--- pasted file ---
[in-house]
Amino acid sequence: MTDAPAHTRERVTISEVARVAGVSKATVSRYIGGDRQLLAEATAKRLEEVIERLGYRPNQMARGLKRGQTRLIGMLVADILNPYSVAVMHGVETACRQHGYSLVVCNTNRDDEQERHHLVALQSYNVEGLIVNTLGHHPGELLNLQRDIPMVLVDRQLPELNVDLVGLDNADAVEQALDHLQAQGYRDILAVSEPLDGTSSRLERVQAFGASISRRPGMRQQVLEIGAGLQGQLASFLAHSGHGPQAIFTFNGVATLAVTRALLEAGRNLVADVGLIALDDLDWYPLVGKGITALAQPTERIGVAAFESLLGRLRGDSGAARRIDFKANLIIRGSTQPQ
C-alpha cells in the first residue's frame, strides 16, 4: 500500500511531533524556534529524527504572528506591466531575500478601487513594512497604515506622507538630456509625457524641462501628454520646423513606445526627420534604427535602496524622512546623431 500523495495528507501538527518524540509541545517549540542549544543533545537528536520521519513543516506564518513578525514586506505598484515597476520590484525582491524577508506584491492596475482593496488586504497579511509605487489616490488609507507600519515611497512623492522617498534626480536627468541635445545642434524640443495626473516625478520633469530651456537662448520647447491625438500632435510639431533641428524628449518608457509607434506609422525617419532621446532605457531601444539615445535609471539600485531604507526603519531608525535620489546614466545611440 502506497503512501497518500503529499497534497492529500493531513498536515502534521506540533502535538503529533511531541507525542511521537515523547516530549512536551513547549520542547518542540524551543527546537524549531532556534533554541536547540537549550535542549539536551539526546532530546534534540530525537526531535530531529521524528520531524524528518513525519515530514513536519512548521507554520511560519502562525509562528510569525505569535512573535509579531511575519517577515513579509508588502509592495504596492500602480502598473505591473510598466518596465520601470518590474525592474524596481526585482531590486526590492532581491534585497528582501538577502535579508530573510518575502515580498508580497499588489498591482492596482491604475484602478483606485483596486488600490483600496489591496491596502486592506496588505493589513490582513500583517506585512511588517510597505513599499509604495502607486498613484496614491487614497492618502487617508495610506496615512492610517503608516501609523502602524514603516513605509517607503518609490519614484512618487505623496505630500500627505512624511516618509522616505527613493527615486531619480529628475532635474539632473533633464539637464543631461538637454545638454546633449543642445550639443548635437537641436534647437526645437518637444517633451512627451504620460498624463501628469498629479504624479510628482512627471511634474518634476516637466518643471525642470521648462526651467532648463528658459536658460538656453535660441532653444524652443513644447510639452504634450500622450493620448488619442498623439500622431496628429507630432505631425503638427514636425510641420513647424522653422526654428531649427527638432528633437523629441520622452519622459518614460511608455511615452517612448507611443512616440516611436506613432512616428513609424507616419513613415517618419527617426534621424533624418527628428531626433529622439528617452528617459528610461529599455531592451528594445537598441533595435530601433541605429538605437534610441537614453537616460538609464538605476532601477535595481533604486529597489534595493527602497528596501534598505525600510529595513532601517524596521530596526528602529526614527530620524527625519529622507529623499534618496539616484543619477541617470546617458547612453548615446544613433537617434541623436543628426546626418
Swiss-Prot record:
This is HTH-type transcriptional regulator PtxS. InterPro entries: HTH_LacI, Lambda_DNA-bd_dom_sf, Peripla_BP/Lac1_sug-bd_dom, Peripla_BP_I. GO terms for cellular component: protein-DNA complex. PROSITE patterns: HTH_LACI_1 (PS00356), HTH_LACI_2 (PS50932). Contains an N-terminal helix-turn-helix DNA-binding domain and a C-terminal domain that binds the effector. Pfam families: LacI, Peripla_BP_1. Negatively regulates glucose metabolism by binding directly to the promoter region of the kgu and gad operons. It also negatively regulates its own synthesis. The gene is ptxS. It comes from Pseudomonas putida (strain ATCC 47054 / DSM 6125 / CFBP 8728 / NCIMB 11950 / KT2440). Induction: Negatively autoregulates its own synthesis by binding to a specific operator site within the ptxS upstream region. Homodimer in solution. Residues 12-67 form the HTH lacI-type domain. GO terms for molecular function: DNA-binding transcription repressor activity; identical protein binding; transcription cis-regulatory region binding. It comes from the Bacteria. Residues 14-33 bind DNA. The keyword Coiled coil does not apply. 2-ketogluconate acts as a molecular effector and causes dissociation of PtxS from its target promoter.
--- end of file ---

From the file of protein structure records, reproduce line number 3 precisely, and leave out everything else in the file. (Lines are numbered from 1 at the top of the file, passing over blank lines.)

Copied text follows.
C-alpha cells in the first residue's frame, strides 16, 4: 500500500511531533524556534529524527504572528506591466531575500478601487513594512497604515506622507538630456509625457524641462501628454520646423513606445526627420534604427535602496524622512546623431 500523495495528507501538527518524540509541545517549540542549544543533545537528536520521519513543516506564518513578525514586506505598484515597476520590484525582491524577508506584491492596475482593496488586504497579511509605487489616490488609507507600519515611497512623492522617498534626480536627468541635445545642434524640443495626473516625478520633469530651456537662448520647447491625438500632435510639431533641428524628449518608457509607434506609422525617419532621446532605457531601444539615445535609471539600485531604507526603519531608525535620489546614466545611440 502506497503512501497518500503529499497534497492529500493531513498536515502534521506540533502535538503529533511531541507525542511521537515523547516530549512536551513547549520542547518542540524551543527546537524549531532556534533554541536547540537549550535542549539536551539526546532530546534534540530525537526531535530531529521524528520531524524528518513525519515530514513536519512548521507554520511560519502562525509562528510569525505569535512573535509579531511575519517577515513579509508588502509592495504596492500602480502598473505591473510598466518596465520601470518590474525592474524596481526585482531590486526590492532581491534585497528582501538577502535579508530573510518575502515580498508580497499588489498591482492596482491604475484602478483606485483596486488600490483600496489591496491596502486592506496588505493589513490582513500583517506585512511588517510597505513599499509604495502607486498613484496614491487614497492618502487617508495610506496615512492610517503608516501609523502602524514603516513605509517607503518609490519614484512618487505623496505630500500627505512624511516618509522616505527613493527615486531619480529628475532635474539632473533633464539637464543631461538637454545638454546633449543642445550639443548635437537641436534647437526645437518637444517633451512627451504620460498624463501628469498629479504624479510628482512627471511634474518634476516637466518643471525642470521648462526651467532648463528658459536658460538656453535660441532653444524652443513644447510639452504634450500622450493620448488619442498623439500622431496628429507630432505631425503638427514636425510641420513647424522653422526654428531649427527638432528633437523629441520622452519622459518614460511608455511615452517612448507611443512616440516611436506613432512616428513609424507616419513613415517618419527617426534621424533624418527628428531626433529622439528617452528617459528610461529599455531592451528594445537598441533595435530601433541605429538605437534610441537614453537616460538609464538605476532601477535595481533604486529597489534595493527602497528596501534598505525600510529595513532601517524596521530596526528602529526614527530620524527625519529622507529623499534618496539616484543619477541617470546617458547612453548615446544613433537617434541623436543628426546626418